He seems genuinely interesting and the classes could potentially be good (they're not--for a number of reasons). But both (non-soc) classes I've had with him have ended up being my back-burner, low time-input classes in their respective semesters. Largely this is because they require very little effort to get As.

I don't know why it bothers me that this guy who I will probably never see again will have a low opinion of me after reading this paper. Or why it somehow bothers me more because he knows my grad school plans.

It just does.

Oh well. One more thing left to do before I am FINISHED FOR GOOD. Or, at least for the semester.

I thought I was being clever.

Turns out, I was just being unoriginal.

When I heard that Tony Snow was being considered for the Press Secretary job, I thought, "haha, he'll literally be doing a Snow job..." and was all amused at my wit.

I realize that even if it were completely original, it wouldn't actually be all that funny. But, still, I thought I'd say it to someone. Who then informed me that that particular pun had been done. Had been done many times.

"But... you seemed so sweet and nice..."

[I will post apologies and excuses for my long absence from the blogosphere later.]

Today, a fellow student in one of my (non-sociology) classes expressed surprise that I was liberal. Apparently, from my "demeanor," one would never "suspect" my politics. I certainly don't try to seem like a conservative. And no one who knows me (or has me in classes where I actually talk) would suspect me of being one.

Evidently, my facebook profile surprised this woman. Not only have I checked "very liberal" for my politics (although I don't feel that this is an accurate description, really), but I am also a member of groups such as "I did not vote for Bush," "I did not vote for Prop. 2," "Gay marriage killed the dinosaurs," and the "Royal Church of the Flying Spaghetti Monster" group. Not to mention the Amnesty and N.O.W. groups. Or the favorite quotes and books I've chosen--clearly, um, biased.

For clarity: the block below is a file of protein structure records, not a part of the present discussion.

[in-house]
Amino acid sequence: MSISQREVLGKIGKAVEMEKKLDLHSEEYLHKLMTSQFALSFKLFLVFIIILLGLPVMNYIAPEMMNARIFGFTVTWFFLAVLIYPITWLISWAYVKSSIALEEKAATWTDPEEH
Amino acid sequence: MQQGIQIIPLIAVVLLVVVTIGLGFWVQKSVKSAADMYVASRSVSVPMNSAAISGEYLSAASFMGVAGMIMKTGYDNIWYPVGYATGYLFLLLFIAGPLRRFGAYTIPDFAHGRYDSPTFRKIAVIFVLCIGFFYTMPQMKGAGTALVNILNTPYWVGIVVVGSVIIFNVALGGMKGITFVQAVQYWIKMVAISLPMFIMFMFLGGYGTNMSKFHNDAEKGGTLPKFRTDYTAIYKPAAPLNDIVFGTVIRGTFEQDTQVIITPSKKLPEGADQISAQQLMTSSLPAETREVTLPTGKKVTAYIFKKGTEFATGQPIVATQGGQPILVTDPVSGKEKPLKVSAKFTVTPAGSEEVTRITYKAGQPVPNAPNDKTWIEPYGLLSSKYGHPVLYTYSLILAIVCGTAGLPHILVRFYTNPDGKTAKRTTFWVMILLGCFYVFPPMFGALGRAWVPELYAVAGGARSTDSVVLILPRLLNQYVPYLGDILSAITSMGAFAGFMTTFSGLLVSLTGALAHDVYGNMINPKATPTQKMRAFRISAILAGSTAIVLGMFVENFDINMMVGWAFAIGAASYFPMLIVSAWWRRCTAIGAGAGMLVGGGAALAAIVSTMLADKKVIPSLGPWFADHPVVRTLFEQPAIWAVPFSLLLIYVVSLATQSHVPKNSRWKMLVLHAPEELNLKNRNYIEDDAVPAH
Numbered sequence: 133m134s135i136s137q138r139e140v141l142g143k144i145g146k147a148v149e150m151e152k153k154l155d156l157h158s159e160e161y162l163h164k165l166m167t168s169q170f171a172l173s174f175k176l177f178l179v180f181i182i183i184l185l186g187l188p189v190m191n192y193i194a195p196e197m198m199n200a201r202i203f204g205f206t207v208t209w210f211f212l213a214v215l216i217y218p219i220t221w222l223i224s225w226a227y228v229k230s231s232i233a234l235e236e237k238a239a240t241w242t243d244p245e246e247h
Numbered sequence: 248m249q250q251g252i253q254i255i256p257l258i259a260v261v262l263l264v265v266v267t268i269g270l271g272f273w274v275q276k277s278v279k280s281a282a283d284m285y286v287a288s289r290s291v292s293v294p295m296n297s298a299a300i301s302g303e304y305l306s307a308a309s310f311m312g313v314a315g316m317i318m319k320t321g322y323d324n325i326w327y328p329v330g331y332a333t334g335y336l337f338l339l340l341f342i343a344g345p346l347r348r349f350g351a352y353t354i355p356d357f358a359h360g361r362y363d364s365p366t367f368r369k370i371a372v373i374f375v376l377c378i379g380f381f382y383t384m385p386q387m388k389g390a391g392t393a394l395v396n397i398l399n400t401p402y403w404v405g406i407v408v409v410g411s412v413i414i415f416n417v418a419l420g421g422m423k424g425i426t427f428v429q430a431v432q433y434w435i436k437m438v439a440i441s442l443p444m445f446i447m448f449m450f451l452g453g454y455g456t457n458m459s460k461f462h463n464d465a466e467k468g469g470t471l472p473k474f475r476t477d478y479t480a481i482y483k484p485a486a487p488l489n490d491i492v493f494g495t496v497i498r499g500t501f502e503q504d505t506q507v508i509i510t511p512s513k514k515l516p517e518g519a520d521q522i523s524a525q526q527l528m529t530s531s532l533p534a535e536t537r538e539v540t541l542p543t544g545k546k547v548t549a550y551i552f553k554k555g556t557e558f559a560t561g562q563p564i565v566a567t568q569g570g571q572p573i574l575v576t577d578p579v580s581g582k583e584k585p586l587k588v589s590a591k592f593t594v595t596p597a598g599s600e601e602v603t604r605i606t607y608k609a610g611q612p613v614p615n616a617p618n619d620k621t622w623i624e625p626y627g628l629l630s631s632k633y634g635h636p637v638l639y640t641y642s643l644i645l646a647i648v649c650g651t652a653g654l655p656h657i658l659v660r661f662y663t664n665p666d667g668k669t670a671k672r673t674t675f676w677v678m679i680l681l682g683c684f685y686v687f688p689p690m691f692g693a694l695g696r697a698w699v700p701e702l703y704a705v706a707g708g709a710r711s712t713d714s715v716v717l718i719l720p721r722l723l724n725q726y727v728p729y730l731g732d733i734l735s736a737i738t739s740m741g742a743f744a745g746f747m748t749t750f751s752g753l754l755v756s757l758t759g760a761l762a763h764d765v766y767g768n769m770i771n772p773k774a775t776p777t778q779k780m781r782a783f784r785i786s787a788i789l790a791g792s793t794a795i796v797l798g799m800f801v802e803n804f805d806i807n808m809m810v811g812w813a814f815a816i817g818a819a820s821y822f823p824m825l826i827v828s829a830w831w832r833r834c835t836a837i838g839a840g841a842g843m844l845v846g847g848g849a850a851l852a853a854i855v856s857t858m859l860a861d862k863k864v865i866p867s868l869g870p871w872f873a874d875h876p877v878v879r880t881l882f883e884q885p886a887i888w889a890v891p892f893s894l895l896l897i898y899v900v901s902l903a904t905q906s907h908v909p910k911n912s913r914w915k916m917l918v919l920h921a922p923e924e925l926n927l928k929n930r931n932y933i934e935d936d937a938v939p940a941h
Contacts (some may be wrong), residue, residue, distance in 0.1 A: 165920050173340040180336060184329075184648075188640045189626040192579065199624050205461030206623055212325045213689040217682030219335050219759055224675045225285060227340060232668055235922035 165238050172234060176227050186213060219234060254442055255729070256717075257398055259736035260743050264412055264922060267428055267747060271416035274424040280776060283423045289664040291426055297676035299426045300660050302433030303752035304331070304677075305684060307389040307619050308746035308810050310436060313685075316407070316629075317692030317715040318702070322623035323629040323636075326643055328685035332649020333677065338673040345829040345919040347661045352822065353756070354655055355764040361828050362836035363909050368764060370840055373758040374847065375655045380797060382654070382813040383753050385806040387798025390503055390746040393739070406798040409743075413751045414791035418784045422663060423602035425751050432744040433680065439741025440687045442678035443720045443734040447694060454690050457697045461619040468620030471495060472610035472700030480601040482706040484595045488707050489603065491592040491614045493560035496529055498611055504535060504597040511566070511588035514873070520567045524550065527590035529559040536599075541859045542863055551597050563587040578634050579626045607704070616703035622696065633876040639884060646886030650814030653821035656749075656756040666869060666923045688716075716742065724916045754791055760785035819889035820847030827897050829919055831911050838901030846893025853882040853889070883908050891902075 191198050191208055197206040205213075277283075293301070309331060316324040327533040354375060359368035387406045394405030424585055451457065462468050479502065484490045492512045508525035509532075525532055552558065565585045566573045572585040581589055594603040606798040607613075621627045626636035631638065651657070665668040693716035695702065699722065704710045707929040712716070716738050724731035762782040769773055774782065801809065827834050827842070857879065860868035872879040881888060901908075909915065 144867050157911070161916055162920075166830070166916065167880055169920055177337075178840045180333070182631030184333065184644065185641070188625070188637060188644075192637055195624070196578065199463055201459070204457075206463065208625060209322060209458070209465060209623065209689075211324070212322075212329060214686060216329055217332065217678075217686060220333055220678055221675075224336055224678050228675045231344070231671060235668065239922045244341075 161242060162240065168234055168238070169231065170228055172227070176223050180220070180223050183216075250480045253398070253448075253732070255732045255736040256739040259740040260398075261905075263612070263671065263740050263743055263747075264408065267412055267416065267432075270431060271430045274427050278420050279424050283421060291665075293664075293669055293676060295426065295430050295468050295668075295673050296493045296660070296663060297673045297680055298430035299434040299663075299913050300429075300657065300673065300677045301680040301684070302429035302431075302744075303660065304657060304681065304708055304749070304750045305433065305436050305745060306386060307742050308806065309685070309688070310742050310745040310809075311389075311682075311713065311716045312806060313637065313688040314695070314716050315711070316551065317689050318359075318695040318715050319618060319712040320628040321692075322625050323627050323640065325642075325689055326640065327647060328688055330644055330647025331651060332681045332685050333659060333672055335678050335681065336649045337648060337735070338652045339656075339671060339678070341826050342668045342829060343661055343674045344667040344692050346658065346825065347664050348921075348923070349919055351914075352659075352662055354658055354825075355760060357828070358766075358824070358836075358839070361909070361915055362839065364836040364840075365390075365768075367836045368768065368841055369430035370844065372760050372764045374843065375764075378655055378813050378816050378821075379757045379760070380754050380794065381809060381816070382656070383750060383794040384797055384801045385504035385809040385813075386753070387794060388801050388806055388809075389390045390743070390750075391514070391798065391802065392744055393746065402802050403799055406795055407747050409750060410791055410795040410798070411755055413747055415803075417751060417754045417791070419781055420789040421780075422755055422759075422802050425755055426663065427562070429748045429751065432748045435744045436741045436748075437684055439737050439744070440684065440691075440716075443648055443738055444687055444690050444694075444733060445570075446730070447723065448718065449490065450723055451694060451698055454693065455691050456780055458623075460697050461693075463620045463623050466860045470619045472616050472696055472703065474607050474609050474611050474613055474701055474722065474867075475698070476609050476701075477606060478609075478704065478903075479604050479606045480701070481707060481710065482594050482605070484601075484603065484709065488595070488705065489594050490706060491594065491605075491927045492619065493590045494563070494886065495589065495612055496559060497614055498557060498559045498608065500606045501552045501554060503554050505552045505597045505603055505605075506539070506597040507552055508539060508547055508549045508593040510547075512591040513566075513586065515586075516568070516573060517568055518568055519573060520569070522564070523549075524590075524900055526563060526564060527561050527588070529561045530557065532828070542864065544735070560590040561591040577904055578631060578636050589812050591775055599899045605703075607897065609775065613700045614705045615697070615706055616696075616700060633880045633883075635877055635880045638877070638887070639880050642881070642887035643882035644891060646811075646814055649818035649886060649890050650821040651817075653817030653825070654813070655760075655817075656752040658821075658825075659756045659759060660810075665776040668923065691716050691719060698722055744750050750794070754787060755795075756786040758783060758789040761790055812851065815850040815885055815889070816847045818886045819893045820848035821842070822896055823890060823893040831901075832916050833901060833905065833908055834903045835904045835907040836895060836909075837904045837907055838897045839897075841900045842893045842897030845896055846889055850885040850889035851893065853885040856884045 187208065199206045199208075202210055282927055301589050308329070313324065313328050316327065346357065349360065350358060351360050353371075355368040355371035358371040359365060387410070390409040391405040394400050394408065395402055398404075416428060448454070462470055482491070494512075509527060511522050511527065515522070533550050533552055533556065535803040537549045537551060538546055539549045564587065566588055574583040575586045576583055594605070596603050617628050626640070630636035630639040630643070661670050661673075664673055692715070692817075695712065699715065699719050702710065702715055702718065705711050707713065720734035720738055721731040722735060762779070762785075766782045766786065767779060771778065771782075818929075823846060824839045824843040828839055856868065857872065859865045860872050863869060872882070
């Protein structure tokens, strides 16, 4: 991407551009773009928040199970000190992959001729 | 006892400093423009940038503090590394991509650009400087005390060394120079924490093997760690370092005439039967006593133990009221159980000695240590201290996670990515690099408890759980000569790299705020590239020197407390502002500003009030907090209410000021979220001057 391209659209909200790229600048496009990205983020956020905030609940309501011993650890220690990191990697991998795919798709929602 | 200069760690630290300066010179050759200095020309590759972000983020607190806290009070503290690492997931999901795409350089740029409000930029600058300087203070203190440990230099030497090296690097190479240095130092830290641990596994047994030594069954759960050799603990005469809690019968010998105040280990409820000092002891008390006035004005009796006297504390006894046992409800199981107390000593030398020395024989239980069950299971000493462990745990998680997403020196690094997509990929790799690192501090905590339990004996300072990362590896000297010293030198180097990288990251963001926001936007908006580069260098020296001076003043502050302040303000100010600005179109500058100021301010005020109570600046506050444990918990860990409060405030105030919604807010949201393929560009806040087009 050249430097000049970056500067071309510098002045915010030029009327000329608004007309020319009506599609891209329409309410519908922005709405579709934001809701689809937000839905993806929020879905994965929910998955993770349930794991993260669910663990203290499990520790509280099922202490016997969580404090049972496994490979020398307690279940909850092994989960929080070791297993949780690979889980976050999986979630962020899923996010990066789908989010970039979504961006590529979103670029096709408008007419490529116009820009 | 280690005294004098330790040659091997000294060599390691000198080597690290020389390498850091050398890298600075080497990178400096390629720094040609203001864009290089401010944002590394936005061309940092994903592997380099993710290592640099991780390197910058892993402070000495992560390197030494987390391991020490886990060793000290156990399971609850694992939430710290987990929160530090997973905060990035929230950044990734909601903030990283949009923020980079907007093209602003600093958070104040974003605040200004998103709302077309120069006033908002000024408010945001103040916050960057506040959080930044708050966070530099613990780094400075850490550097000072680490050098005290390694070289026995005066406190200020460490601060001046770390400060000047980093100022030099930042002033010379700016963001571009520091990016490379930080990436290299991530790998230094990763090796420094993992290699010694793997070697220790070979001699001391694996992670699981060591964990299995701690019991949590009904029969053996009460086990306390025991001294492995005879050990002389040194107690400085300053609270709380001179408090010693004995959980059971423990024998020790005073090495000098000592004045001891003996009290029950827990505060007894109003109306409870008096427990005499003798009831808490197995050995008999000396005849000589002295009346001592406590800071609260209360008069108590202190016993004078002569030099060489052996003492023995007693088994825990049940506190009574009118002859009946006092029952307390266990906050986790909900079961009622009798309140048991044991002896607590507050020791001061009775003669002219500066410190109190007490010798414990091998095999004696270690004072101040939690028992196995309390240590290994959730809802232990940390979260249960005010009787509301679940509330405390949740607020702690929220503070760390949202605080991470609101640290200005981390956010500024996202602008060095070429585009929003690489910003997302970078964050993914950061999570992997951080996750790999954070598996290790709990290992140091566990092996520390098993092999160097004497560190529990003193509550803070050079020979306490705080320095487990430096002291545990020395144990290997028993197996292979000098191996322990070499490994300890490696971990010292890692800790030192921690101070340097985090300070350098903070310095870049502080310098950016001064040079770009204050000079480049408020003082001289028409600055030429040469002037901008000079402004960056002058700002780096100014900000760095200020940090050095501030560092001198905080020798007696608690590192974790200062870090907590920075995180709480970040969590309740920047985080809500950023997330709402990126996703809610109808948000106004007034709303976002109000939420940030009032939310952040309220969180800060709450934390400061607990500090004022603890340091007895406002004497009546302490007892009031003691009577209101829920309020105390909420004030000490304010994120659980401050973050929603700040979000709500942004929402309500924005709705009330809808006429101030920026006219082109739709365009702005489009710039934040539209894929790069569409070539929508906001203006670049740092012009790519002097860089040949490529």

Why oh why do people always assume I am a conservative? What is it in my manner of being in the world that gives off that impression? Nothing, of course, is wrong with being a conservative*, and fitting in nicely with the conservative set might not be a bad thing considering my interest in conservative social movements, but I'm kind of weirded out that people (people, mind you, who are not at all aware of my conservative background!) seem to "get" that about me.

Could it be my accent? Do I speak so Texas-y that people figure I must vote like the rest of the state? My clothes? Anything??

*besides being either misinformed or immoral**
**just kidding***

Monday, April 17, 2006

So, my thesis sucks.

And I was okay with that. I mean, it was done, right? That was all that mattered. It never occurred to me that people would actually read it. No, not real people. Just my thesis adviser and my second reader. But still, it's embarrassing. I like to think I could've done better if I'd cared more, if I'd tried more, if I'd put more effort into it. But maybe I couldn't. Maybe I just always procrastinate and then turn in stuff I'm not happy with so I never have to face the fact that I'm not satisfied with my writing. I can always blame the bad stuff on procrastination, not lack of talent. Clever little cognitive protection I've got going there.

Thursday, April 06, 2006

Just call me Fred Mertz

How cheap/broke am I?

Exhibit A: Last weekend, when I had to get to Denison but had no money, I sold my books to get gas money. I had been planning on taking them to Half Price Books to see how much I could get for them for a few weeks, so perhaps this story is not quite so pathetic, but it reminds me of Jo in Little Women. Sure, I'm selling books rather than my prized hair. And, sure, it's so I can go home rather than allowing my mother to go visit my father who was wounded in the Civil War. But it still sounds sad.